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The Astounding Conversion of Finnolly Servus

Gordon Coggins

Finnolly Servus started as a bond salesman in a small city, making cold calls to people with good addresses – a miserable life. He eked out a living, but he never made it big, and all the heiresses with good addresses scorned him. He married the daughter of a man who ran a small slaughterhouse. It seemed appropriate. The bank he worked for forgot him. New bonds, when he could get them, sold well in the 80s, but then Paul Volcker of the Fed shoved interest rates into the stratosphere, and the whole game collapsed. So Servus left the bank, with no regrets on either side, and became a mutual fund salesman. "Come to Finnolly Servus for Friendly Service," was his slogan.

Then came the mid-nineties; the "boomers" were saving, and anybody could sell investments. Servus Friendly Financial prospered. Finnolly’s personal portfolio grew three times as fast as his clients. So in the late nineties he sold them – their accounts, that is – to an expanding American brokerage firm, and became a private investor. With a newsletter. It suited him. He had been telling little lies about investment products for years. With an advisory investment newsletter, he had the perfect formula in the great market buy-tout-sell.

He began to make donations to political campaigns, and once was consulted by board members planning the breakup of a conglomerate. He made a killing on it.

Then came the millennium and 9/11. The market tanked. The boomers were cocooning. Finnolly Servus made the fateful mistake of believing his own forecasts. In Nortel and Enron alone he lost half his capital. He came too late for the real estate boom. Derivatives were a mixed bag. He was very uneasy about the income trusts he had bought into. One which promised a payout of 18.3% announced a steep reduction, and a modest 12-percenter had to draw on a line of credit to make the payment. He kept thinking about a line he had read in an article on income trusts: "Capitalizing future income is a good play – for the companies."

Sometimes he wished he were back in Friendly Financial, or even – when the ISC investigated him – back at the bank! But he joined the Canadian Taxpayers Federation, contributed to the Fraser Institute, set up a slimly endowed but well-publicized Friendly Servus Trust (for helping widows, orphans and the financially disadvantaged) and took to telephoning bureaucrats and politicians to advocate "necessary" measures. His list included:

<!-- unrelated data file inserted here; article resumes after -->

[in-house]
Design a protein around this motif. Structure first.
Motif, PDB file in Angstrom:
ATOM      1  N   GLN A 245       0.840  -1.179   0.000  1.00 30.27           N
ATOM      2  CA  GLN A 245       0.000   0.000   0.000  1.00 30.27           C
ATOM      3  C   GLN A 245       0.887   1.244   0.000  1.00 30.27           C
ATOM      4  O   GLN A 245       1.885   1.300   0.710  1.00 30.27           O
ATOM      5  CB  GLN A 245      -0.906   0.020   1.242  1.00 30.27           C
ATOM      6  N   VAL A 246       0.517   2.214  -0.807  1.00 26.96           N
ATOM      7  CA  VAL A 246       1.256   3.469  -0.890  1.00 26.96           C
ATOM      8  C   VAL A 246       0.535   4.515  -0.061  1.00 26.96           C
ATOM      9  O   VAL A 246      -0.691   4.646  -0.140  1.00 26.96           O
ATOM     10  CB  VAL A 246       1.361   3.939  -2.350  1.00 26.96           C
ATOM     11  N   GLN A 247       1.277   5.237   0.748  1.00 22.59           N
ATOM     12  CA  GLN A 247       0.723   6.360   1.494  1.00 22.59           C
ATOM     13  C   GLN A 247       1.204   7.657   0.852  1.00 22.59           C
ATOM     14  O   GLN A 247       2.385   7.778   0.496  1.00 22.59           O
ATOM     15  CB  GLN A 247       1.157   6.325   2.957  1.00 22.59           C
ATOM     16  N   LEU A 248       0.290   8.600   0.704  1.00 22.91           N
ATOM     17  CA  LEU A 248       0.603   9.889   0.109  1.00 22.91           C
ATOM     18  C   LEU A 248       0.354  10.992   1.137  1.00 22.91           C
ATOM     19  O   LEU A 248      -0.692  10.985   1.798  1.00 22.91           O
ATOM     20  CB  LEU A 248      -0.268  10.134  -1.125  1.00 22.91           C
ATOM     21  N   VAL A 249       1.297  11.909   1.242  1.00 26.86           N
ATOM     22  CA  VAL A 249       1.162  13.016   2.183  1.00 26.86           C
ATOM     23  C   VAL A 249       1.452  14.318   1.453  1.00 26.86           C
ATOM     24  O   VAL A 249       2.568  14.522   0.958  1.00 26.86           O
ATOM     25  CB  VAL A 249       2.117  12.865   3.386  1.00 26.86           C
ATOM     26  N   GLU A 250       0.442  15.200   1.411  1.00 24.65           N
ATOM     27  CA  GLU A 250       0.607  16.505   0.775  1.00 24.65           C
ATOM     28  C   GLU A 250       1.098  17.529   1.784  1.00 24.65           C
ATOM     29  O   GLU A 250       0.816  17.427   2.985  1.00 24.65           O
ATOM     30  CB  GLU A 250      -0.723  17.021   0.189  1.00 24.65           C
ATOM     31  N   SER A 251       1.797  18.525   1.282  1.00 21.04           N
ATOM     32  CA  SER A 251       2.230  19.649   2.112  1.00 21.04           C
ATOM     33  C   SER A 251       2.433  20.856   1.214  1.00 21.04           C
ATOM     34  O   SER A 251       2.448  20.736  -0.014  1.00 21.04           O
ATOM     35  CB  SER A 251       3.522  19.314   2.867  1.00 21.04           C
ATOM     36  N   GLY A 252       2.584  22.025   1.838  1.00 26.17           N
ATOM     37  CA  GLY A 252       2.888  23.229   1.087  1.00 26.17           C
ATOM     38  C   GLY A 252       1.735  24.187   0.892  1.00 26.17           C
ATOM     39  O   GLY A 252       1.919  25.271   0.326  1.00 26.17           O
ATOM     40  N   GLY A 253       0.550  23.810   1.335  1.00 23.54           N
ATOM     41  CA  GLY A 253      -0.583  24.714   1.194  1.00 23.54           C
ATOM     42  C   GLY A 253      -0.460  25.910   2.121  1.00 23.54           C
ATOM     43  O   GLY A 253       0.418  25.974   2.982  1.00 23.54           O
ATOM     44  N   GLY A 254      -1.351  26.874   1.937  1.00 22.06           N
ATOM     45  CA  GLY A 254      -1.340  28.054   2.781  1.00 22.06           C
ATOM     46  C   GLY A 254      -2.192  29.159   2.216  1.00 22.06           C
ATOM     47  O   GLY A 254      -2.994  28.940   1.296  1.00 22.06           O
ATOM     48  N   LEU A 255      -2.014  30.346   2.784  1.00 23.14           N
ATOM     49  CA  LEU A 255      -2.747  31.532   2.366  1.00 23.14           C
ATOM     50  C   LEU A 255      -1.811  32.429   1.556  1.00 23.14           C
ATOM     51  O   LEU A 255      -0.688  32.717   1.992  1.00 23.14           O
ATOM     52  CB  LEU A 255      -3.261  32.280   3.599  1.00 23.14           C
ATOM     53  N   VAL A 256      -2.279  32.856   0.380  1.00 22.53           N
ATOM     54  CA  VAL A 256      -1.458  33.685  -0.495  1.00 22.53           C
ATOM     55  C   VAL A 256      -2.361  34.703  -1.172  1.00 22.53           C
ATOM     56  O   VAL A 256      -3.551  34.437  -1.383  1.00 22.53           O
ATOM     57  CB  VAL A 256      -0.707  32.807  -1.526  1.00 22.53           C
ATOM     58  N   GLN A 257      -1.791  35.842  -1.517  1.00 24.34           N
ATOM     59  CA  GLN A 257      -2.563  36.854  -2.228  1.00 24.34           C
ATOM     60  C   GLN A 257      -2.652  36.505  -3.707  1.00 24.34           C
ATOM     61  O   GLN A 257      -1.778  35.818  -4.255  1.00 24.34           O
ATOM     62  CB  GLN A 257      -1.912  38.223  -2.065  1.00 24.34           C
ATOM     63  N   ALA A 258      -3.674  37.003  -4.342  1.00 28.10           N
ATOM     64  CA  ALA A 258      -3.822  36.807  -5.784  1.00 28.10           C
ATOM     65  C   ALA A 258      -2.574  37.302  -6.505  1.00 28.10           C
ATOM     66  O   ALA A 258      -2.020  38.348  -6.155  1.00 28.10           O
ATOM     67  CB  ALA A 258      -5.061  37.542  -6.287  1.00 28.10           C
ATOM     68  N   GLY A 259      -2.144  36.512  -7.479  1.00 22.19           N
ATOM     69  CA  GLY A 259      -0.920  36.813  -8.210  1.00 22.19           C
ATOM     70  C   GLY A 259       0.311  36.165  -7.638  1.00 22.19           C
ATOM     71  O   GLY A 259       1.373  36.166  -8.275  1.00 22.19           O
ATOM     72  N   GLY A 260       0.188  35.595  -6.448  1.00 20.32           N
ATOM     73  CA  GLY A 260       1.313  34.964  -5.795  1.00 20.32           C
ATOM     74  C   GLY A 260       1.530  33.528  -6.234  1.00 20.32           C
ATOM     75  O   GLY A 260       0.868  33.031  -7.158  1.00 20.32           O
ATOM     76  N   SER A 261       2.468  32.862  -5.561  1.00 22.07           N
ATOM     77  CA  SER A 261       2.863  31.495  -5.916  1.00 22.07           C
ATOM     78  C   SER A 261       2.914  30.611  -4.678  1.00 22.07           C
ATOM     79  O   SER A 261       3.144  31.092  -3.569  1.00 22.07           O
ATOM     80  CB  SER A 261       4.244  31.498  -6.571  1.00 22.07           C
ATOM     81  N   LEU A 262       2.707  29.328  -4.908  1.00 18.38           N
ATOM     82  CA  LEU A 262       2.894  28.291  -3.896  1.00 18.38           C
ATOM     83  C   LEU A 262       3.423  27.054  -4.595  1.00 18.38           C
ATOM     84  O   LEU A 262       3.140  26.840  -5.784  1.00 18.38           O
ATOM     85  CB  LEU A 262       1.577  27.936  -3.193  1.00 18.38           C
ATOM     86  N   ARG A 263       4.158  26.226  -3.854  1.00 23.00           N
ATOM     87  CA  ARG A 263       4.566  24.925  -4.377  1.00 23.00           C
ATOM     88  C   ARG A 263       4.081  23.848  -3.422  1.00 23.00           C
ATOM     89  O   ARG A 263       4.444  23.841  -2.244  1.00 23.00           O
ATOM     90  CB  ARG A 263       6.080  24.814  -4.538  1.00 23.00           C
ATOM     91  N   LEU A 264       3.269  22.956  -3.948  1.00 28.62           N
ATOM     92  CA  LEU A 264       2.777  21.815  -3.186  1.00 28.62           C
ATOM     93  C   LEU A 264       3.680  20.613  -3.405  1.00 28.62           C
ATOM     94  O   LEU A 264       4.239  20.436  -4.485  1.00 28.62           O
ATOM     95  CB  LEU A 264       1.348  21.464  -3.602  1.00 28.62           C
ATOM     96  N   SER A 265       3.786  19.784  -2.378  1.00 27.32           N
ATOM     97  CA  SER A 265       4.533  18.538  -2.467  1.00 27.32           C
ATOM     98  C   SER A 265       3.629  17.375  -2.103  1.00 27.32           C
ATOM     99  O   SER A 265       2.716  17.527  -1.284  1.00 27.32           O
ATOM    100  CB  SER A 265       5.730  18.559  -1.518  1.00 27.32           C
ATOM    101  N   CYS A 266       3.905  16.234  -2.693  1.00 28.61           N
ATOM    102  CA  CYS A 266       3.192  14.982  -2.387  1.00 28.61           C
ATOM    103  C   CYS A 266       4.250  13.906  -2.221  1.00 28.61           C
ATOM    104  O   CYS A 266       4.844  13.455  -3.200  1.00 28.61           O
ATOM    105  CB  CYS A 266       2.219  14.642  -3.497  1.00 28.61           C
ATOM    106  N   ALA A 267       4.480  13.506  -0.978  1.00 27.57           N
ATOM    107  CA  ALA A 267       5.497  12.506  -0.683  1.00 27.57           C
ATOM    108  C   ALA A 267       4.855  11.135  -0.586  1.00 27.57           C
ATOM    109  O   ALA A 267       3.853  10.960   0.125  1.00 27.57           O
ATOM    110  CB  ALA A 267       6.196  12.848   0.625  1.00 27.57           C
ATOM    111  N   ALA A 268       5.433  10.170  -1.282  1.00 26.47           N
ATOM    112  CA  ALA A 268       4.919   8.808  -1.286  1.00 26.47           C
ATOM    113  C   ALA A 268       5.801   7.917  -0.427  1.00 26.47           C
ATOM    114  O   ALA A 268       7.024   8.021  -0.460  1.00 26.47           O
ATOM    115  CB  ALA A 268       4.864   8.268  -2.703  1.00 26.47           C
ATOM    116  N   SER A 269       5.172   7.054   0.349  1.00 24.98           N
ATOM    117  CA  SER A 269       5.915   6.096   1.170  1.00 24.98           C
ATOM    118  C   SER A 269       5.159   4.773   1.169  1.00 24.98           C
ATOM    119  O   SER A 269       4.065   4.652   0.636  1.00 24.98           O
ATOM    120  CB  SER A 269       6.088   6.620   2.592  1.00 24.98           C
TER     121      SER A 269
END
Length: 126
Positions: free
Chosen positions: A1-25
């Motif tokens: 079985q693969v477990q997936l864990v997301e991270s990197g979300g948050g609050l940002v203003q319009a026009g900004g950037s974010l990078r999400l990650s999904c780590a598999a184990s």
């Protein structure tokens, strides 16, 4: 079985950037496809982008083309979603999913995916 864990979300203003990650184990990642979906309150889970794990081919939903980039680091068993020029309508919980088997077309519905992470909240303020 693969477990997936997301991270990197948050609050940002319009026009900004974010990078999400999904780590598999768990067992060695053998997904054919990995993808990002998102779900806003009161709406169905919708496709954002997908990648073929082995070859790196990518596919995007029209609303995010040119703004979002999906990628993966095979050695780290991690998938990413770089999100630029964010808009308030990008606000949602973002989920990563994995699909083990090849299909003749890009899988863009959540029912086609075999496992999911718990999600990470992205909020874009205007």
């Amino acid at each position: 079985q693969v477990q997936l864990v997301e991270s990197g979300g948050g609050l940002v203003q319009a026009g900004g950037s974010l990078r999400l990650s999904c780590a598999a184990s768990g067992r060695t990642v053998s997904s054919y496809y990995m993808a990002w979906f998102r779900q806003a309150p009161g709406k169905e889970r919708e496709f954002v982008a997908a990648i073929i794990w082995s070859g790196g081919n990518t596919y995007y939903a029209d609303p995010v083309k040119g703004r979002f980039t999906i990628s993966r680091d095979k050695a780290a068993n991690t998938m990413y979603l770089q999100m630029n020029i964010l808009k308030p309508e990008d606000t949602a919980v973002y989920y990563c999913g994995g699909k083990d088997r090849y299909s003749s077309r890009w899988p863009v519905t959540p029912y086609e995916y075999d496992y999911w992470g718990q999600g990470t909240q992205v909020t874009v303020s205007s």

• Shift taxation from capital to consumption, a flat tax on income, an increase in the GST;

• Redirect government spending from "social misfits" to afflicted corporations;

• Let banks merge (monopoly, he knew, is the ultimate success story);

• Expand foreign trade, through WTO and FTAA, to get those resource-rich developing nations to "liberalize their bloody assets";

• Lower the minimum wage and abolish the capital gains tax ("to create jobs");

• Increase the limit on RRSP deductions "to encourage investment";

• Stretch the compulsory retirement age to 69 to keep the salaried middle class investing;

• Privatize hydro, health care, and the CBC.

He even spoke to parent groups in favour of subsidizing schools. In short, Finnolly’s self-esteem was eroding like a sand-castle in a thunderstorm.

Part of a Panel on "Fixing the Economy"

He almost declined an invitation to be part of a panel on "Fixing the Economy," but even Finnolly Servuses sometimes get an angel nudge. He accepted, and at question period his destiny caught up with him. He had been pontificating on the point that "there isn’t enough money, so hard choices have to be made." A tweedy gentleman from a mike in the audience asked the panel, "You say there’s not enough money. Where does money come from? Who makes it?" The other panelists looked to Finnolly. He didn’t hesitate. "The government makes it," he said, and the difference between what it costs to make and the face value of the product is called ‘seigniorage’ and accrues to the government."

"Does the government create all our money?"

Finnolly hedged, "Well, most of it."

The gentleman at the mike persisted, "What about the money I use when I pay for something with a credit card?"

"That’s a loan from the bank," one of the other panelists snapped.

"Yes," said Finnolly, "banks have to keep money on deposit with the Bank of Canada to back it up."